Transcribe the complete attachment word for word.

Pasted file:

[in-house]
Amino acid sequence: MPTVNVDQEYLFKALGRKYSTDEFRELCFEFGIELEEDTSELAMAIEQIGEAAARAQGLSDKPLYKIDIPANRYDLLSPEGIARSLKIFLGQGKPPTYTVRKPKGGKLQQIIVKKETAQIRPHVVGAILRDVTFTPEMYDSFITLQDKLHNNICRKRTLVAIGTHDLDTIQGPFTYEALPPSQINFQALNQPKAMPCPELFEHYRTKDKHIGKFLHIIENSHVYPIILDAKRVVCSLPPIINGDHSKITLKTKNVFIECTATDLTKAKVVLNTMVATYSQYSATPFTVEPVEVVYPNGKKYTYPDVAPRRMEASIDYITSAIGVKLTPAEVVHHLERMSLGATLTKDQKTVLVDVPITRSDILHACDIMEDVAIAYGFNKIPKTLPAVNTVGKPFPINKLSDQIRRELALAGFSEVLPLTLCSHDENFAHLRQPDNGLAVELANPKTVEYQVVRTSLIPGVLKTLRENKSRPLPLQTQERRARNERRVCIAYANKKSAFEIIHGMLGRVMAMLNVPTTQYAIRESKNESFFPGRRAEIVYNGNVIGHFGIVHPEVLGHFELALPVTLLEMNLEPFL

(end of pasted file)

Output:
[in-house]
Amino acid sequence: MPTVNVDQEYLFKALGRKYSTDEFRELCFEFGIELEEDTSELAMAIEQIGEAAARAQGLSDKPLYKIDIPANRYDLLSPEGIARSLKIFLGQGKPPTYTVRKPKGGKLQQIIVKKETAQIRPHVVGAILRDVTFTPEMYDSFITLQDKLHNNICRKRTLVAIGTHDLDTIQGPFTYEALPPSQINFQALNQPKAMPCPELFEHYRTKDKHIGKFLHIIENSHVYPIILDAKRVVCSLPPIINGDHSKITLKTKNVFIECTATDLTKAKVVLNTMVATYSQYSATPFTVEPVEVVYPNGKKYTYPDVAPRRMEASIDYITSAIGVKLTPAEVVHHLERMSLGATLTKDQKTVLVDVPITRSDILHACDIMEDVAIAYGFNKIPKTLPAVNTVGKPFPINKLSDQIRRELALAGFSEVLPLTLCSHDENFAHLRQPDNGLAVELANPKTVEYQVVRTSLIPGVLKTLRENKSRPLPLQTQERRARNERRVCIAYANKKSAFEIIHGMLGRVMAMLNVPTTQYAIRESKNESFFPGRRAEIVYNGNVIGHFGIVHPEVLGHFELALPVTLLEMNLEPFL